234 Consolidation theory Figure 7.6 Example 7. .1. e0 ¼ 0:632 and therefore mv ¼ and Cc ¼ 0:632 À 0:577 0:055 ¼ ¼ 0:31 logð1500=1000Þ 0:176 1 0:055 Â ¼ 6:7 Â 10À5 m2 =kN ¼ 0:067 m2 =MN 1:632 500 and e1 ¼ 0:577 Note that Cc will be the same for any stress range on the linear part of the eÀlog 0 curve. mv will vary according to the stress range. e0 ¼ 0:845 and therefore mv ¼ 1 0:037 Â ¼ 2:0 Â 10À4 m2 =kN ¼ 0:20 m2 =MN 1:845 100 and e1 ¼ 0:808 For 00 ¼ 1000 kN/m2 and 01 ¼ 1500 kN/m2 . For 00 ¼ 100 kN/m2 and 01 ¼ 200 kN/m2 . even for ranges on the linear part of the curve.

i.e. The reduction in volume per unit volume of clay can be written in terms of void ratio: ÁV e0 À e1 ¼ V0 1 þ e0 Since the lateral strain is zero. an equal increase Á0 in effective vertical stress will have taken place corresponding to a stress increase from 00 to 01 and a reduction in void ratio from e0 to e1 on the e–0 curve. by proportion. the value of either the coefficient of volume compressibility or the compression index is required.Consolidation settlement: one-dimensional method 235 7.7).7 Consolidation settlement. the settlement per unit depth. After the completion of consolidation. . It is assumed that the condition of zero lateral strain applies within the clay layer. the reduction in volume per unit volume is equal to the reduction in thickness per unit thickness. the settlement of the layer of thickness dz will be given by dsc ¼ e0 À e1 dz 1 þ e0 0 e 0 À e1 1 À 00 dz ¼ 01 À 00 1 þ e0 ¼ mv Á0 dz where sc ¼ consolidation settlement. Consider a layer of saturated clay of thickness H. Therefore. The settlement of the layer of thickness H is given by Z sc ¼ 0 H mv Á0 dz Figure 7. Due to construction the total vertical stress in an elemental layer of thickness dz at depth z is increased by Á (Figure 7.3 CONSOLIDATION SETTLEMENT: ONE-DIMENSIONAL METHOD In order to estimate consolidation settlement.

8(a).8 can be used to determine sc. The variations of initial effective vertical stress (00 ) and effective vertical stress increment (Á 0 ) over the depth of the layer are represented in Figure 7.35 m2/MN. In this case it will be Figure 7. therefore it can be assumed that consolidation is approximately one-dimensional. The soil profile is as shown in Figure 7. Alternatively the layer can be divided into a suitable number of sublayers and the product mv Á0 evaluated at the centre of each sublayer: each product mv Á0 is then multiplied by the appropriate sublayer thickness to give the sublayer settlement. The clay layer is thin relative to the dimensions of the raft. then sc ¼ mv Á0 H or sc ¼ e0 À e1 H 1 þ e0 ð7:7Þ ð7:6Þ or.8(c) represents the variation with depth of the dimensionless product mv Á0 and the area under this curve is the settlement of the layer. . the variation of mv is represented in Figure 7.2 A building is supported on a raft 45 Â 30 m. The settlement of the whole layer is equal to the sum of the sublayer settlements. The value of mv for the clay is 0. Determine the final settlement under the centre of the raft due to consolidation of the clay.236 Consolidation theory If mv and Á 0 are assumed constant with depth.9. in the case of a normally consolidated clay. the net foundation pressure (assumed to be uniformly distributed) being 125 kN/m2. sc ¼ Cc logð01 =00 Þ H 1 þ e0 ð7:8Þ In order to take into account the variation of mv and/or Á0 with depth. The curve in Figure 7. Example 7.8(b). the graphical procedure shown in Figure 7.8 Consolidation settlement: graphical procedure.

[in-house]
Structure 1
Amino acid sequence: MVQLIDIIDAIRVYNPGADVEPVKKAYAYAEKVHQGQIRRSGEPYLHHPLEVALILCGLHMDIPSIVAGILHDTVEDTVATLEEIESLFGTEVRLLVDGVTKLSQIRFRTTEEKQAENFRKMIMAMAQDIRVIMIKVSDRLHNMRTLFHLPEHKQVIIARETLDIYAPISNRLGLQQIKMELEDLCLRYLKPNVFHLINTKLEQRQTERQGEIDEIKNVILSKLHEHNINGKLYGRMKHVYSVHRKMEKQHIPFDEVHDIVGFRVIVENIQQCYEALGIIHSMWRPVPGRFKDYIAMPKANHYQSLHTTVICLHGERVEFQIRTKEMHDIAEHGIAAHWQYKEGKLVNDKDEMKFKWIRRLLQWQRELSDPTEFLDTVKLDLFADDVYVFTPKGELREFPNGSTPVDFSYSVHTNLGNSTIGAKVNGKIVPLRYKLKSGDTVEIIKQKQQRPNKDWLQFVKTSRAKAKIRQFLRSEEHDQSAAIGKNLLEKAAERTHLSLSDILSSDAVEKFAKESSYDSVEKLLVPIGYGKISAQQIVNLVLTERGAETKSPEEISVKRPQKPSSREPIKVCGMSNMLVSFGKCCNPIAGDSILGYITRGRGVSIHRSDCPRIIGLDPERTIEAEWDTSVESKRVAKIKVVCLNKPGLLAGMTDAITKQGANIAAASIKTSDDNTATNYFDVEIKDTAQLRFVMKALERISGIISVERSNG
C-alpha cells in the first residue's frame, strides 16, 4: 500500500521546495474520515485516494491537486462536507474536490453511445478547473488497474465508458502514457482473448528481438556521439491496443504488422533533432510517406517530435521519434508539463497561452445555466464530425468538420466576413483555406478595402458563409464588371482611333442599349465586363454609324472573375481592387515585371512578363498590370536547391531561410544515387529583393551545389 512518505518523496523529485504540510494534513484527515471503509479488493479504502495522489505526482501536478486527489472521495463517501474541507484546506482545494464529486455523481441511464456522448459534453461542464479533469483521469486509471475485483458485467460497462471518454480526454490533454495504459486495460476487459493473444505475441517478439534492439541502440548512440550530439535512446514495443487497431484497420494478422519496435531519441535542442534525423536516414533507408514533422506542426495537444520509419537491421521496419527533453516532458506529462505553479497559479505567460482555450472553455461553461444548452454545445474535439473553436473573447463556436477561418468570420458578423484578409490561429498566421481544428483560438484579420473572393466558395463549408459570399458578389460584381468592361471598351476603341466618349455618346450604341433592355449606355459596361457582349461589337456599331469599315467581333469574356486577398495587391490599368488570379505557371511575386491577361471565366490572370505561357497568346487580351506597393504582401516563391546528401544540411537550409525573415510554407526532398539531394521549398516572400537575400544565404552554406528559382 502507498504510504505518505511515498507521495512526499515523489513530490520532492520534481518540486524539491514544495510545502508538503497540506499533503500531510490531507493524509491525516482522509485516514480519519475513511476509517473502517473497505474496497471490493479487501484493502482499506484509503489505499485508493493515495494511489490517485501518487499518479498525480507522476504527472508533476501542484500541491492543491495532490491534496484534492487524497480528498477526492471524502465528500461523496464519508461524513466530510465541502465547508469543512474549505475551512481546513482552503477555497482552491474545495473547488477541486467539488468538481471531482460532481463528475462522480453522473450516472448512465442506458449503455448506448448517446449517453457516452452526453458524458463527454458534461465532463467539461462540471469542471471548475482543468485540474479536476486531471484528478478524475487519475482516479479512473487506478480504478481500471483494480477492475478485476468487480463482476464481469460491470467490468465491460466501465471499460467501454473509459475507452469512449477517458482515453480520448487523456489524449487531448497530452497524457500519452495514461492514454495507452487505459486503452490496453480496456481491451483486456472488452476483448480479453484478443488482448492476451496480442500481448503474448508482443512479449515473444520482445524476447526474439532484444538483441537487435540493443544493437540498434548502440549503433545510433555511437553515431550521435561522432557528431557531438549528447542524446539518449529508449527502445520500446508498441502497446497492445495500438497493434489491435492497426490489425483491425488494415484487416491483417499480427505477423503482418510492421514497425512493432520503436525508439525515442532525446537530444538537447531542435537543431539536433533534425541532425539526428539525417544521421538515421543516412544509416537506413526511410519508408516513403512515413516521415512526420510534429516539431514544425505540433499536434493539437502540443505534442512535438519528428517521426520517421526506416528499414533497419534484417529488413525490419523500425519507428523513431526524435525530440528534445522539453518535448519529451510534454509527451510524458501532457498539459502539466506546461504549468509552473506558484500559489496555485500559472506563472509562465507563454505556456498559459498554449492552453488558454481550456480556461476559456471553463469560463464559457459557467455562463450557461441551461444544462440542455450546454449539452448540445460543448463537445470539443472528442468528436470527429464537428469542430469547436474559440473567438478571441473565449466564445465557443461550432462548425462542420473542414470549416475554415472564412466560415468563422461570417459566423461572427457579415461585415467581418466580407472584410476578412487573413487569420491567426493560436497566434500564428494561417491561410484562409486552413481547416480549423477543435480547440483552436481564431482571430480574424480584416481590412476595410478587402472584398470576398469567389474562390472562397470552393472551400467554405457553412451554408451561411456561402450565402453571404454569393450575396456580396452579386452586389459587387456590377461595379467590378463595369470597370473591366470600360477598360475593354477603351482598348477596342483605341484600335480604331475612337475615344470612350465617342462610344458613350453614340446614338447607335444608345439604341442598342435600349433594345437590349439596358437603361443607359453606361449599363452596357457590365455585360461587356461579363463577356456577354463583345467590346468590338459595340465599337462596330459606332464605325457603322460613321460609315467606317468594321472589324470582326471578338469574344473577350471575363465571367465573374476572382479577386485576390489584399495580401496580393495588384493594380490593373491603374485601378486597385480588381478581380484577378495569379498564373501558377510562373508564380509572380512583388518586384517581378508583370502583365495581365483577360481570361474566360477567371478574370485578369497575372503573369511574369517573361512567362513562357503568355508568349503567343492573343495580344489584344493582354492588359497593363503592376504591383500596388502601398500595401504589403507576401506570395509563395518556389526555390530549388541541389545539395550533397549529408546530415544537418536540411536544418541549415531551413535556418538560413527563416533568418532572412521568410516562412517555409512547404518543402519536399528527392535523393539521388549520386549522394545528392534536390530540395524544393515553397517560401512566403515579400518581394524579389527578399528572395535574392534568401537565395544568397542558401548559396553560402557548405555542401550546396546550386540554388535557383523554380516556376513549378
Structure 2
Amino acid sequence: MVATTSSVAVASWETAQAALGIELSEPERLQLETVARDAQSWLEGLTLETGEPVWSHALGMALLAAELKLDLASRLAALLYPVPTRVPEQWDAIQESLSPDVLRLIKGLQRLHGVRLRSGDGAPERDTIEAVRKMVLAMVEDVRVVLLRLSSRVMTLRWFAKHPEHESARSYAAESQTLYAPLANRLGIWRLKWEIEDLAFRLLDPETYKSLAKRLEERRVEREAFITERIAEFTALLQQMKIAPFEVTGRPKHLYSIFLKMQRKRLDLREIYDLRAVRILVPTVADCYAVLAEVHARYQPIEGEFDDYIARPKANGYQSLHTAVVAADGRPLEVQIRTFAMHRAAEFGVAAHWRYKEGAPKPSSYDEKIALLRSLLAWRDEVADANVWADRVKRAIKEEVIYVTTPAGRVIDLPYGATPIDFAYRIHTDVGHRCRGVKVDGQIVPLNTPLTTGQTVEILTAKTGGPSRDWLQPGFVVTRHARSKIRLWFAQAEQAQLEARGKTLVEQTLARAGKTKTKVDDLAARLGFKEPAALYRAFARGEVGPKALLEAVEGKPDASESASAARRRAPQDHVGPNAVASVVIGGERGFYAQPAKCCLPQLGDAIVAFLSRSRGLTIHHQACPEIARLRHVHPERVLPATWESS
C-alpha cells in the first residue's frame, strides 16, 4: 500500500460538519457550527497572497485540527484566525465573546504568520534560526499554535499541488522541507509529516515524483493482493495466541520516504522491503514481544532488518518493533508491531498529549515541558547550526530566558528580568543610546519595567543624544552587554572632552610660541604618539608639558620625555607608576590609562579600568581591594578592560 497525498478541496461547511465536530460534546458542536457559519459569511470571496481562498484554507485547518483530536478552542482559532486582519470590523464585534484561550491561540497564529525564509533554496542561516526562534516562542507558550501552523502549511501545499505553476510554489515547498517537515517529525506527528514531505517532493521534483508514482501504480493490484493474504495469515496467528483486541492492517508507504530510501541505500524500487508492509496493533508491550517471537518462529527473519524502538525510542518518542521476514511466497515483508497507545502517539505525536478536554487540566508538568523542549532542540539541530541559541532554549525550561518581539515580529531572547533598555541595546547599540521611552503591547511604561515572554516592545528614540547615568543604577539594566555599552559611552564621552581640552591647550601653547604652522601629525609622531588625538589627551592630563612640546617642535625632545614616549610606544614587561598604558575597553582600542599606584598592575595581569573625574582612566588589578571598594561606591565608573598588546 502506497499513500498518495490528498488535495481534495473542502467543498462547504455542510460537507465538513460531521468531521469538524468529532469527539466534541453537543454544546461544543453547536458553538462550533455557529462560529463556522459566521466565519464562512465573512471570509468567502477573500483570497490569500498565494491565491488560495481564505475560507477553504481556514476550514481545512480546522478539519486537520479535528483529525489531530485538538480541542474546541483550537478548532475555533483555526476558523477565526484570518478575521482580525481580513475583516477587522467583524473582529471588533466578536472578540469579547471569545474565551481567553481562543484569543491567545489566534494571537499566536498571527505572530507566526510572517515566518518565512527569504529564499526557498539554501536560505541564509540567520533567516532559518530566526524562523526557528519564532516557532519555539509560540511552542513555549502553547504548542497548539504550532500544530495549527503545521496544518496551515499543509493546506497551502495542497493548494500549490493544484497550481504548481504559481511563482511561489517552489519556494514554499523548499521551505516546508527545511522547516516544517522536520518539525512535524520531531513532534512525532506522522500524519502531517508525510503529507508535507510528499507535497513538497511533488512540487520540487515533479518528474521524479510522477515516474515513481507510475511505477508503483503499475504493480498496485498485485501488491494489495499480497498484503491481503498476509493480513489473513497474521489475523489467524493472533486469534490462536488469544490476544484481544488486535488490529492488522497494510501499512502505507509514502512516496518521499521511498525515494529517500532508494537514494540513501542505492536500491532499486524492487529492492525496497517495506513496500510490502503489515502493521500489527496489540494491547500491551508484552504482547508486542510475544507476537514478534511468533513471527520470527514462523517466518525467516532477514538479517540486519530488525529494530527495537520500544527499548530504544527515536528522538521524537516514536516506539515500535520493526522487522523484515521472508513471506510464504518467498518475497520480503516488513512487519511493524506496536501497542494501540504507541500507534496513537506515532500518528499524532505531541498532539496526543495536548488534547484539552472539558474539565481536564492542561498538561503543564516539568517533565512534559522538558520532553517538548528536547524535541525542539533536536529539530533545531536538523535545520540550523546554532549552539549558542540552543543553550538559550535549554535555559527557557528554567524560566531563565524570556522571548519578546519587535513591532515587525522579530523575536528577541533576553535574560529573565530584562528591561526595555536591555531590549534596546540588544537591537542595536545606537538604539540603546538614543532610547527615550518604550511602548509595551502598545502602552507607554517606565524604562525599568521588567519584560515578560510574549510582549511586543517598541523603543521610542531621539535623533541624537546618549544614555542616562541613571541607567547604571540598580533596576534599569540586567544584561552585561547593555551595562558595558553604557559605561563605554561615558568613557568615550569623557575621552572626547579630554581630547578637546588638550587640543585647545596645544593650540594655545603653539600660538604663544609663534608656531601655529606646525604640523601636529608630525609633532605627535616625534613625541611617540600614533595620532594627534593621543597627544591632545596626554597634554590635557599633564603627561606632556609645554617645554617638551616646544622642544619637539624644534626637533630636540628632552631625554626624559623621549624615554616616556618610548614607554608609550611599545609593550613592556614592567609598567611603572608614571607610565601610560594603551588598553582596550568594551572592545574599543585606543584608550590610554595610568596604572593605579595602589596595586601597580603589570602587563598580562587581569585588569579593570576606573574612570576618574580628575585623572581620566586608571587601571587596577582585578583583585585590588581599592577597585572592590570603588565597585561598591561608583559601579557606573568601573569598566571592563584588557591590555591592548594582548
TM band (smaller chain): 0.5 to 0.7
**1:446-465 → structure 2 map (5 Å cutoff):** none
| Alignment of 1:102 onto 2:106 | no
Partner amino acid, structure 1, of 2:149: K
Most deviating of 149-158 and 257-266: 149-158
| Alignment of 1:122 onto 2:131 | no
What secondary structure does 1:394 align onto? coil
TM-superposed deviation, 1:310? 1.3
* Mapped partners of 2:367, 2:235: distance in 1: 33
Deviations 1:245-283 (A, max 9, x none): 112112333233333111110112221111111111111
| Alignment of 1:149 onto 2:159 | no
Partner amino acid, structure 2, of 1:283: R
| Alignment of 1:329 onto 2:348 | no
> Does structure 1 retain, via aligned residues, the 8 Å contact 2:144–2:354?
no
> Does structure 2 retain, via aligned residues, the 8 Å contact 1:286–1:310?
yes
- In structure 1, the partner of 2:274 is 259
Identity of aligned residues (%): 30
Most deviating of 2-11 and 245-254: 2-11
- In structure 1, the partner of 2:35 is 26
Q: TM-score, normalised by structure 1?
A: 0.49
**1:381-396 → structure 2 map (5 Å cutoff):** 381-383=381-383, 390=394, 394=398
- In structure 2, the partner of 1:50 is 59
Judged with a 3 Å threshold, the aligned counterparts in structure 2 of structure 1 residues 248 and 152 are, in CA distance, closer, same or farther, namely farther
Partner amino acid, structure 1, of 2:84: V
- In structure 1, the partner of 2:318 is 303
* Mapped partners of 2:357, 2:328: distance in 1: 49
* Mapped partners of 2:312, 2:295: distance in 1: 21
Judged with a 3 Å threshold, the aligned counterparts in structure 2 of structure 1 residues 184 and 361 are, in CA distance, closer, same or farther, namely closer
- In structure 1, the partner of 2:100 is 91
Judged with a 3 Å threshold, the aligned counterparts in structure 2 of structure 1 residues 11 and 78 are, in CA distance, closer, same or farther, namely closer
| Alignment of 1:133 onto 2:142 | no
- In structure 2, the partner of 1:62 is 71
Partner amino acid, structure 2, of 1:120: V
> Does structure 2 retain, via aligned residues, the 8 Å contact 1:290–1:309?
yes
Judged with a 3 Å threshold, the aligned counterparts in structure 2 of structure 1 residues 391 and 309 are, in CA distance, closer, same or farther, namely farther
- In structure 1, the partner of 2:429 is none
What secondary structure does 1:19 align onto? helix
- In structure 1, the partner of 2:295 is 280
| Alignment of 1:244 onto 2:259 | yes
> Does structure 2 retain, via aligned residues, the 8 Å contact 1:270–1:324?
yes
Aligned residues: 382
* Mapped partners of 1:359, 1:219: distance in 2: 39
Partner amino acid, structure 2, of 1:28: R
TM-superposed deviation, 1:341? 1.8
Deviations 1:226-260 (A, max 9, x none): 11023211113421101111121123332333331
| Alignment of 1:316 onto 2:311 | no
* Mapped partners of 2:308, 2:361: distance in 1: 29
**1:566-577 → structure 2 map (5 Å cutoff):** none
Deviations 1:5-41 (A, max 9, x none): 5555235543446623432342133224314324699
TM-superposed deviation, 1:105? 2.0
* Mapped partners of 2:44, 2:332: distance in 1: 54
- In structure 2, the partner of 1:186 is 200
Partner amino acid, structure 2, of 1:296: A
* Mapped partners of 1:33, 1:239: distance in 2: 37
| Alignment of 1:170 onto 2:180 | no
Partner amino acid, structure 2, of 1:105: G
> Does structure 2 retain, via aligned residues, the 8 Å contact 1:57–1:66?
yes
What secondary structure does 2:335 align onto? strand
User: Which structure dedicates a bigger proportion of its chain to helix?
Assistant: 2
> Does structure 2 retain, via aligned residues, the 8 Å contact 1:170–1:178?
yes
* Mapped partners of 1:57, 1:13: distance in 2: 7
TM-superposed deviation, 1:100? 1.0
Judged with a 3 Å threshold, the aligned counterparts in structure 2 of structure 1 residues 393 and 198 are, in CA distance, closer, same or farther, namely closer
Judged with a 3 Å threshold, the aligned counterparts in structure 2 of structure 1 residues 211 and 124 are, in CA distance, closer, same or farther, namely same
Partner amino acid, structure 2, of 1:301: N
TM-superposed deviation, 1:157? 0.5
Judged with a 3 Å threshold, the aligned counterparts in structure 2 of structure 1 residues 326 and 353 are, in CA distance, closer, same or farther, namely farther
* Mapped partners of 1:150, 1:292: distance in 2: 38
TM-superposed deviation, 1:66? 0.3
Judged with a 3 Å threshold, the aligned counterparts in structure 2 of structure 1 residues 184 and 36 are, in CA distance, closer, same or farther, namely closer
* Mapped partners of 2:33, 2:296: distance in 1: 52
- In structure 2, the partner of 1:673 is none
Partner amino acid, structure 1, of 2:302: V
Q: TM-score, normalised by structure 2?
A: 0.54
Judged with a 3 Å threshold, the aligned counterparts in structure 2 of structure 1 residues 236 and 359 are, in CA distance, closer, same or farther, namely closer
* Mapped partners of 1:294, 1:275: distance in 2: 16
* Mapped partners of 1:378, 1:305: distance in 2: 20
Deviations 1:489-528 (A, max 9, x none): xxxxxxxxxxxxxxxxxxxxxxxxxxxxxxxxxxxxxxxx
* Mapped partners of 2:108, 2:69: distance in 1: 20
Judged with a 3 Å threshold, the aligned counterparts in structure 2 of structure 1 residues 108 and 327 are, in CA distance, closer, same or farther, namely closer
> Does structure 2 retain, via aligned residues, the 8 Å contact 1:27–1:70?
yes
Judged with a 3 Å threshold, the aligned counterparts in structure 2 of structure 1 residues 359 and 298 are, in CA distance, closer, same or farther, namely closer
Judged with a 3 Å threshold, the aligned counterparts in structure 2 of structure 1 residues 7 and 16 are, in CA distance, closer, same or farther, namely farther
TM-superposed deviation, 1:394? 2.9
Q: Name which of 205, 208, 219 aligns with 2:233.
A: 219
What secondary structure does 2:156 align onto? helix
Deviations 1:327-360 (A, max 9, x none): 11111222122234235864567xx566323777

In practice the condition of zero lateral strain is satisfied approximately in the cases of thin clay layers and of layers under loaded areas which are large compared with the layer thickness.4 SETTLEMENT BY THE SKEMPTON–BJERRUM METHOD Predictions of consolidation settlement using the one-dimensional method are based on the results of oedometer tests using representative samples of the clay. sufficiently accurate to consider the clay layer as a whole. i. Also.10. Due to the confining ring the net lateral strain in the test specimen is zero and for this condition the initial excess pore water pressure is equal theoretically to the increase in total vertical stress. only the effective stress increment at middepth of the layer is required (the increment being assumed constant over the depth of the layer).Settlement by the Skempton–Bjerrum method 237 Figure 7. Because the consolidation settlement is to be calculated in terms of mv. In many practical situations.9 Example 7. the pore pressure coefficient A is equal to unity. Below the centre of the raft: m¼ 22:5 ¼ 0:96 23:5 15 n¼ ¼ 0:64 23:5 Ir ¼ 0:140 Á0 ¼ 4 Â 0:140 Â 125 ¼ 70 kN=m2 sc ¼ mv Á0 H ¼ 0:35 Â 70 Â 4 ¼ 98 mm 7. At mid-depth of the layer.e.2. Á0 ¼ Á for one-dimensional consolidation and can be evaluated from Figure 5. . however. significant lateral strain will occur and the initial excess pore water pressure will depend on the in-situ stress conditions and the value of the pore pressure coefficient A (which will not be equal to unity). z ¼ 23:5 m.